syllogism


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See: corollary
References in classic literature ?
But to the imaginative man, John Barleycorn sends the pitiless, spectral syllogisms of the white logic.
For example, the hypothetical syllogism looks like this:
as Guess' application for inadmissibility is based on Article 165 (4) CCP, the legal syllogism of alleged fault, damage and a causal link is present and if all the facts alleged in the amended motion to institute proceedings are proven, a court could rule conclusively against Guess.
This paper argues that Aristotle thinks that to meet the explanatory requirement a syllogism must draw its conclusion through the way its terms are predicated of one another.
The syllogism of this idea -- government works for the people, people make a city hum and therefore, governance benefits from citizen input -- is hard to miss.
While singular acts are not subject to the laws of Aristotelian syllogistic (and the so-called practical syllogism is not strictly speaking an Aristotelian syllogism), they are subject to logical principles and especially to the principle of noncontradiction.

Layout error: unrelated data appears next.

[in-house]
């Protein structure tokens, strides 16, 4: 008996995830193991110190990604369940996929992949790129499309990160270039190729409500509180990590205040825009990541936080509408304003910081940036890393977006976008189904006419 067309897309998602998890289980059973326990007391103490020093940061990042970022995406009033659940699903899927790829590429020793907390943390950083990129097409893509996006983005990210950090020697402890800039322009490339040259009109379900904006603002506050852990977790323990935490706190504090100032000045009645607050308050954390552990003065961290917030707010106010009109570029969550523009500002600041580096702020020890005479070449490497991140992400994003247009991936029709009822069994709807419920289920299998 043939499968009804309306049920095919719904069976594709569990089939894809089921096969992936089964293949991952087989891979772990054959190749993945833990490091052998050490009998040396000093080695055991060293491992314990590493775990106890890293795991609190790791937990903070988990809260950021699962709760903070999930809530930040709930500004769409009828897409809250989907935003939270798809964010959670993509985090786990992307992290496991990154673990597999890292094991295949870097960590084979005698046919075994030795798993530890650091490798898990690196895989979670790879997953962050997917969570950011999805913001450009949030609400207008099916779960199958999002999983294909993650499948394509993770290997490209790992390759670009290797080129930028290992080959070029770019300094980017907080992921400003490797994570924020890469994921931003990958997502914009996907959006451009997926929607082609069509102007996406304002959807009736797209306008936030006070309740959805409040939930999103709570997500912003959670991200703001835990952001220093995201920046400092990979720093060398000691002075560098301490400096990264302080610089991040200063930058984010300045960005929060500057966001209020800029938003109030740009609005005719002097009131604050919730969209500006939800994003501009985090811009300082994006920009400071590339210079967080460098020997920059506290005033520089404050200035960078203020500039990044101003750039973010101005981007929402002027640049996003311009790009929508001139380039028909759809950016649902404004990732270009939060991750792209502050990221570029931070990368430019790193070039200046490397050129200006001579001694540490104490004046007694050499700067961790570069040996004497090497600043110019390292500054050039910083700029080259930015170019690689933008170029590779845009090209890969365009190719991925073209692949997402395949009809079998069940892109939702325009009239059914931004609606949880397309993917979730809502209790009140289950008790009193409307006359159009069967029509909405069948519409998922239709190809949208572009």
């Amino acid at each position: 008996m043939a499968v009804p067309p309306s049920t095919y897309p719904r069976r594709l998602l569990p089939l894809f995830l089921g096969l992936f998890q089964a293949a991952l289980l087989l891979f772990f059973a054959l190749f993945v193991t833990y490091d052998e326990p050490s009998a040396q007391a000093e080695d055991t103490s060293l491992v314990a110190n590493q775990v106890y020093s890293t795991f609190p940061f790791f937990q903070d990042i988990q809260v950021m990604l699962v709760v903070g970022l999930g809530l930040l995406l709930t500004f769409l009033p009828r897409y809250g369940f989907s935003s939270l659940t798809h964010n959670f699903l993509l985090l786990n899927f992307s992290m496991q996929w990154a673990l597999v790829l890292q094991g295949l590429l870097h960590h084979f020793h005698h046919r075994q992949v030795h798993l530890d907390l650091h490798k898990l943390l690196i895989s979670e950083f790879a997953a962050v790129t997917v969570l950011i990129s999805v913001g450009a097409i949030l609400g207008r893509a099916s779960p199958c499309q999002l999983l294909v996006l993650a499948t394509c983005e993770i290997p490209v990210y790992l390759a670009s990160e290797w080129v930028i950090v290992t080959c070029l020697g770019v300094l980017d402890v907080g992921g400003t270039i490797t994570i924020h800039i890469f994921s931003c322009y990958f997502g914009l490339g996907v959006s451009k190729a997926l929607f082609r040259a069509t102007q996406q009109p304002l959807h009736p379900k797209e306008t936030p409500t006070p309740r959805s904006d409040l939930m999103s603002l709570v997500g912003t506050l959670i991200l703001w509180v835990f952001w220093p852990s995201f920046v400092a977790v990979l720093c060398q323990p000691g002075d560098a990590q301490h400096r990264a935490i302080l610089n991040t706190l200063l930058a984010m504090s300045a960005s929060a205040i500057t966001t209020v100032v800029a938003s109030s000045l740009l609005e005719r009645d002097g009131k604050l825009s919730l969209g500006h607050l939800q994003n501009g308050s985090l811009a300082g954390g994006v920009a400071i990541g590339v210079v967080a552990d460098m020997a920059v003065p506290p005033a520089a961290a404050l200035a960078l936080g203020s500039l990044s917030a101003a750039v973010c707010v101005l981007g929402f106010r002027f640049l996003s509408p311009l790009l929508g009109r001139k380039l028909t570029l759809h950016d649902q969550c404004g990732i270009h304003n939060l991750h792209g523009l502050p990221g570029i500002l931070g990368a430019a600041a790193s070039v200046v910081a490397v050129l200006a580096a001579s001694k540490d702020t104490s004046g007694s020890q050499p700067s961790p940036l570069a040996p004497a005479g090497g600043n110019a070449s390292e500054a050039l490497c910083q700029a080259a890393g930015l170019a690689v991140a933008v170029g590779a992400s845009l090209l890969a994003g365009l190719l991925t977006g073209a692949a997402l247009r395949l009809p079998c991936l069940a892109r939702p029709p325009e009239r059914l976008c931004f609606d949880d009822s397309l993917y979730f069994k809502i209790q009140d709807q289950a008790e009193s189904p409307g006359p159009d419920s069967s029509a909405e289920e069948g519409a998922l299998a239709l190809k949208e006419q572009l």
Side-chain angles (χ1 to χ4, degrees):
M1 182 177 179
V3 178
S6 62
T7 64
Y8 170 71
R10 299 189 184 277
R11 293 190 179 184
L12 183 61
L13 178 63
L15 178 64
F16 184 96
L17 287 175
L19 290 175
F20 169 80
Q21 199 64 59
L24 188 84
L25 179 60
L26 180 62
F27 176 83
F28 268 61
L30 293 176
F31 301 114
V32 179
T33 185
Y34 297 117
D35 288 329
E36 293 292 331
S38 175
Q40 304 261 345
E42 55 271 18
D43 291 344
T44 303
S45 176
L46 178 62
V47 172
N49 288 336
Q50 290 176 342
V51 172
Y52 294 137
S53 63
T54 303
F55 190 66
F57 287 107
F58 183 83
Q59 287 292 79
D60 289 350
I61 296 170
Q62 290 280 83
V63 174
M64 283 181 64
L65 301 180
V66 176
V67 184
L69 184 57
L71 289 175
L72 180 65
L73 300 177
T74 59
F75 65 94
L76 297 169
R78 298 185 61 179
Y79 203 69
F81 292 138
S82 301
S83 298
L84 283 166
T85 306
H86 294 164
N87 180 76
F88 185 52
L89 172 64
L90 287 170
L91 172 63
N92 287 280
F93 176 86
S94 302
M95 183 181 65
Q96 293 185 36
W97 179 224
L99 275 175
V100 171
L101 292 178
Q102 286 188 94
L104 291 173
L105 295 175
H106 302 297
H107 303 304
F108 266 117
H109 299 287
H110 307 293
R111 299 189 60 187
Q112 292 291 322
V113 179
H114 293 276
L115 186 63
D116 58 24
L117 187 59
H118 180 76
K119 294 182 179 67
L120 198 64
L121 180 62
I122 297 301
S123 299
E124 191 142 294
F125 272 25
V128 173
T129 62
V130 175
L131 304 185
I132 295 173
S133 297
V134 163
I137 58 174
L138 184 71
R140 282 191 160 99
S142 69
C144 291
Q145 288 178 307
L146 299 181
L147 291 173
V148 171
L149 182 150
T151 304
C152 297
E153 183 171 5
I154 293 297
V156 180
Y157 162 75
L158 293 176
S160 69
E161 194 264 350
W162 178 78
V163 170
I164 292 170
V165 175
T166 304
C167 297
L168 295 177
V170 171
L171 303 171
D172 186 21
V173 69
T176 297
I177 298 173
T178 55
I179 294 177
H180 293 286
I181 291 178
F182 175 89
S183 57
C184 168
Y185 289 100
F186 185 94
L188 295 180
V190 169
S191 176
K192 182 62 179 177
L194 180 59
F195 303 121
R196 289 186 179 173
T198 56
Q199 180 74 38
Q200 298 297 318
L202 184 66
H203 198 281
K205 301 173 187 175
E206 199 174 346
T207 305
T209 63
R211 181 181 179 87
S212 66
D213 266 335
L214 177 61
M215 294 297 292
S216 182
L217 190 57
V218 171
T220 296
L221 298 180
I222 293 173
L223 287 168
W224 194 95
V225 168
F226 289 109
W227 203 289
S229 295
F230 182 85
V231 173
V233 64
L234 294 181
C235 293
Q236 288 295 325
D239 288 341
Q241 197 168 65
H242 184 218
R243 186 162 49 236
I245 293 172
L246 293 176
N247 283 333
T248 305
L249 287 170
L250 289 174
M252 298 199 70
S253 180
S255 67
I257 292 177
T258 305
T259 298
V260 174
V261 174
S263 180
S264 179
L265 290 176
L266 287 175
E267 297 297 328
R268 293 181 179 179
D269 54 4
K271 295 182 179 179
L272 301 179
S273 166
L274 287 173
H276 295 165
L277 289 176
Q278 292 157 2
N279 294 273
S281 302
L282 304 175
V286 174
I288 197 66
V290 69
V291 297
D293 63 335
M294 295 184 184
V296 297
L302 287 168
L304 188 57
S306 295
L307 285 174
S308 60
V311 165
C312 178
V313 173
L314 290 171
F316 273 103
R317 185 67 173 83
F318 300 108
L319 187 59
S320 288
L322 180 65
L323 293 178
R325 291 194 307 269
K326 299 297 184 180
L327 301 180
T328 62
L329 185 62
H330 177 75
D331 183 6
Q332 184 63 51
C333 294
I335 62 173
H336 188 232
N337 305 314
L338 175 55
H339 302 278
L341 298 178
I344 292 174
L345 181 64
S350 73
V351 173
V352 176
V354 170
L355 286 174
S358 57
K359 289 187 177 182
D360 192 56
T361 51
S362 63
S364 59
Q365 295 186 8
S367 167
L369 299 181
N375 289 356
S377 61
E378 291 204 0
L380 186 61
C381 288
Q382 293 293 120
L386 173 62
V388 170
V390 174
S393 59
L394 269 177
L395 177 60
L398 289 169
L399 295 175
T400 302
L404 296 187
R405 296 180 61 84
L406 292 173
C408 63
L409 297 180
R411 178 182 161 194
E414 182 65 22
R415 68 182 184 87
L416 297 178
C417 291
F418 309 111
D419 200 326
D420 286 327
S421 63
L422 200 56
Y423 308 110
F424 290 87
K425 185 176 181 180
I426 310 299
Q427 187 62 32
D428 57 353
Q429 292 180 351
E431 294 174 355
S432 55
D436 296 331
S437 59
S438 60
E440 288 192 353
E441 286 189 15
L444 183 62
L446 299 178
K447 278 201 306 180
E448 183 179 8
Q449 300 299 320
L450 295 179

Post-modern syllogism physics--including string theory and other toy-models (a plethora of "trendy salad approaches") --relies too heavily on such an arbitrary procedure.
They must devote the first round to questions relating to decision making, interpersonal skills and syllogism.
Another reason is that Aristotle did not deal with such syllogisms so that the nineteenth-century logician Augustus De Morgan put forward the claim that the theory of the syllogism could not deal with relations.
All men are mortal" begins the most famous of all syllogisms, and it proceeds to tell us that "Socrates is a man" and "therefore Socrates is mortal:' The branch of philosophy known as logic has made much of this syllogism as an example of perfect reasoning; what is more significant is the prodigious amount of time and energy which philosophy as a whole has spent on inquiring into its true and complete meaning.
I didn't do Greek at school, but I know what a syllogism is: two premises and a conclusion arising from it that, while it can be correct, is not necessarily the whole truth.
The maxim or the conclusion of a syllogism can only be arrived at, not through experience, but through logic and reason.